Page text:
“Instead of getting just a text message … saying stay away from some place, we get one when there is an issue, then we get one when it’s on-going (issue) and then we’ll get one when it’s resolved too,” he said.
“It makes me feel safer on campus,” Minik said.
Miami is “definitely” good at keeping students informed of any possible dangers on or off campus, said Krista Mersino, a junior at the Oxford campus.
“They keep us updated on whatever goes on,” said Mersino, who walks to classes from the same neighborhood where Tuesday’s shooting occurred.
“There was a suspicious backpack a couple of weeks ago … and it turned out to be nothing but they alerted us about that,” she said.
National reports of a jump in school violence threats toward colleges and K-12 schools have become a staple of this new school year.
Almost daily, some school somewhere in America is reporting a threat of some sort. The latest bizarre twist is the rumors of people dressed in clown outfits threatening violence on or near school grounds, including most recently at Miami’s main Oxford campus. The university police investigated tips Monday night and confirmed none were true.
Scott Sutton, a student who lives across the street from the house where Tuesday’s shooting occurred, told the Journal-News that he was shocked to see police tape and “a lot of cops” outside the home as he was returning home from a late class.
“It was just complete mayhem,” he said. “Everyone was out watching.”
Sutton said he received an email on his phone during class that someone was injured and there was an alert to stay away from the area.
Sutton, who has lived in Oxford for three years, said the campus is “generally very safe,” but the shooting and earlier rumors about dangerous clowns around campus did have some people on edge.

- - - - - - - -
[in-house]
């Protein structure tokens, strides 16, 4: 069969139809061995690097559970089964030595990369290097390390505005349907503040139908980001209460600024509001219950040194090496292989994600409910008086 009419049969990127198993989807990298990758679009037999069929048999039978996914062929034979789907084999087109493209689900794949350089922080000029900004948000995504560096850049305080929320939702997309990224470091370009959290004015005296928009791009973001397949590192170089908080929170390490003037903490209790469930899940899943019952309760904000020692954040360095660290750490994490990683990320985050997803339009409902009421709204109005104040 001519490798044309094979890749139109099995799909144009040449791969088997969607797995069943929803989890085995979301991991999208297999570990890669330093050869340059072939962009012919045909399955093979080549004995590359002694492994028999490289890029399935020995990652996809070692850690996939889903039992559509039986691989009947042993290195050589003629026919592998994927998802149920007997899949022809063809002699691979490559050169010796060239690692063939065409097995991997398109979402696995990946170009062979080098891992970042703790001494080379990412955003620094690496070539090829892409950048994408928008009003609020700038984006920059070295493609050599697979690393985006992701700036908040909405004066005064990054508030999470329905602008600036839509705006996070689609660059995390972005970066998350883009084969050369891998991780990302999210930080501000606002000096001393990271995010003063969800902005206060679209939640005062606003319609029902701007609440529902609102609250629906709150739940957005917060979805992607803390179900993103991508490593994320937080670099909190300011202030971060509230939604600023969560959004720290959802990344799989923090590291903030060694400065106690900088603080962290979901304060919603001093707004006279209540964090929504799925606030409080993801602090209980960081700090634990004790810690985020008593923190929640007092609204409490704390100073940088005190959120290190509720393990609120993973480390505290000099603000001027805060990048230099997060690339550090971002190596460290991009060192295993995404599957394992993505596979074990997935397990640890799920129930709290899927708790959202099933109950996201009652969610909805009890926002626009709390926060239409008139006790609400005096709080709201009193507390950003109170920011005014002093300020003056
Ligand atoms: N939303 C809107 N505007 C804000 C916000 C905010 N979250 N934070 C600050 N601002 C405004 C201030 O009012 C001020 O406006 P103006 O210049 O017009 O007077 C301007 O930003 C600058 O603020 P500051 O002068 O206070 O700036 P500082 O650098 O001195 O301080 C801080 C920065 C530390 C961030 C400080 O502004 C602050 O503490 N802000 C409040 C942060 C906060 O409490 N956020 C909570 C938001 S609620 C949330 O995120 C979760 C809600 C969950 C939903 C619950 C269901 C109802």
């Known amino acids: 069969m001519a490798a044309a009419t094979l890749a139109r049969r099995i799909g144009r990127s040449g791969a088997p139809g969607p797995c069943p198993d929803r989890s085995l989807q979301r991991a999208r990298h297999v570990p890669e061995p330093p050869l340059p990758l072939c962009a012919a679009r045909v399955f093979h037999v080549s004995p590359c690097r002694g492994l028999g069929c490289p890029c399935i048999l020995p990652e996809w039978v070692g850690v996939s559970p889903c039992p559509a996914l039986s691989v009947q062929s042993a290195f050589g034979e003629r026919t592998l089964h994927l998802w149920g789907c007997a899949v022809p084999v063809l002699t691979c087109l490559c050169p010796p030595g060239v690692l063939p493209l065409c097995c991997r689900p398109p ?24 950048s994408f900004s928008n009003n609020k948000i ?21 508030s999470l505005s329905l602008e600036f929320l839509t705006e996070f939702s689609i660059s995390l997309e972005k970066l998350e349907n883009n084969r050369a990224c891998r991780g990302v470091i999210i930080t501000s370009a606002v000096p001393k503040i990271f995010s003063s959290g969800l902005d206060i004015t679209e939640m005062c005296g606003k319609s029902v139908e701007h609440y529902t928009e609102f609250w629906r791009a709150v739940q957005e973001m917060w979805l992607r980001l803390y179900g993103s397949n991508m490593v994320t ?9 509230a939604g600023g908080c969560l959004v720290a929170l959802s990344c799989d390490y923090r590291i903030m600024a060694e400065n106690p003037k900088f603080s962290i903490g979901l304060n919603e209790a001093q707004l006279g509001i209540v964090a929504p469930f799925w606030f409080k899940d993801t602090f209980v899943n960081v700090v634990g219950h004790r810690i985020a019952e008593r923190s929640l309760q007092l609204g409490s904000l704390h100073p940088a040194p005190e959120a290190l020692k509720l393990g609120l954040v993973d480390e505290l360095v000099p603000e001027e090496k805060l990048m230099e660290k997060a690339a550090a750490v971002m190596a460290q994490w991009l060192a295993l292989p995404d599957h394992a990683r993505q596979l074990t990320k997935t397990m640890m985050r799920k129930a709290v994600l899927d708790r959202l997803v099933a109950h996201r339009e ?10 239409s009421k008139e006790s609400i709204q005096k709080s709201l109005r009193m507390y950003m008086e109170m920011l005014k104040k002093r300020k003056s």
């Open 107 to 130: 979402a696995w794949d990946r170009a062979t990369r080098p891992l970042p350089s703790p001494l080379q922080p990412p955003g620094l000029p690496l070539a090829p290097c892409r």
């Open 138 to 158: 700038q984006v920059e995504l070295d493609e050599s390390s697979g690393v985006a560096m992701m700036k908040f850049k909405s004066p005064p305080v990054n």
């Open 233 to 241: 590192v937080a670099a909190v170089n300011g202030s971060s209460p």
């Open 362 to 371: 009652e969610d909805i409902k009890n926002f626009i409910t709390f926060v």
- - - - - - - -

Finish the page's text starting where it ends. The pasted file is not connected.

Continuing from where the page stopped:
The two shooting suspects are still being sought by police. One of the two Miami student victims remained hospitalized Wednesday evening.
Oxford police say a prior arranged sale of a vehicle apparently led to the shooting Tuesday night of Volodymyr Kovalenko, 23, of Beachwood, Ohio, and Jared Goldhamer, 20, of the house where the shooting occurred. Both were shot in the leg, according to the police report.
Officers were told that two male suspects came to the house in the 200 block of North Campus Avenue to complete a sale of a vehicle. During that transaction one suspect pulled out a firearm and fired three rounds at the victims.
Kovalenko and Goldhamer told police what happened in the report obtained by this news outlet.
Kovalenko said he contacted a person through Craig’sList to buy a car for $4,000. The alleged seller and another man drove the vehicle from Cleveland and they met at the Oxford residence, according to the report.
One of the men, a black male, became “jittery and paranoid” when given the cash, Kovalenko told police.
“The (black male) pulled out a gun and shot Jared Goldhamer, who was sitting on the couch in the leg,” according to the police report.
Kovalenko said after Goldhamer was shot, he fought the shooter for the weapon and the gun went off, hitting him in the leg. Kovalenko said the gun dropped to the floor and was kicked under the couch. That’s when the two suspects grabbed the cash and fled the scene.
Goldhamer told police he was sitting on the couch while Kovalenko and the two suspects were talking about the car. One of the suspects pulled out a gun and fired it into his leg, Goldhamer told police.
According to the police report, Goldhamer saw Kovalenko fighting with the suspect and the gun went off hitting Kovalenko in the leg.
Two other housemates heard the shots and ran downstairs. They told police that they saw the suspect only briefly.
The first suspect is described at a white male with a dark complexion, approximately 5 feet, 10 inches tall and weighing 150 pounds.
The second suspect is described as a black male with dreadlocks, approximately 5 feet, 11 inches tall and weighing 190 pounds.
A preliminary investigation indicates this was not a random act and that the victims were specifically targeted, police said.
Kovalenko is a junior majoring in biochemistry and Russian, and Goldhamer is also a junior majoring in finance, according to Wagner.
Anyone with information about the crime can call Oxford police Detective Sgt. David King at 513-524-5240.
Staff Writer Nick Graham contributed to this report.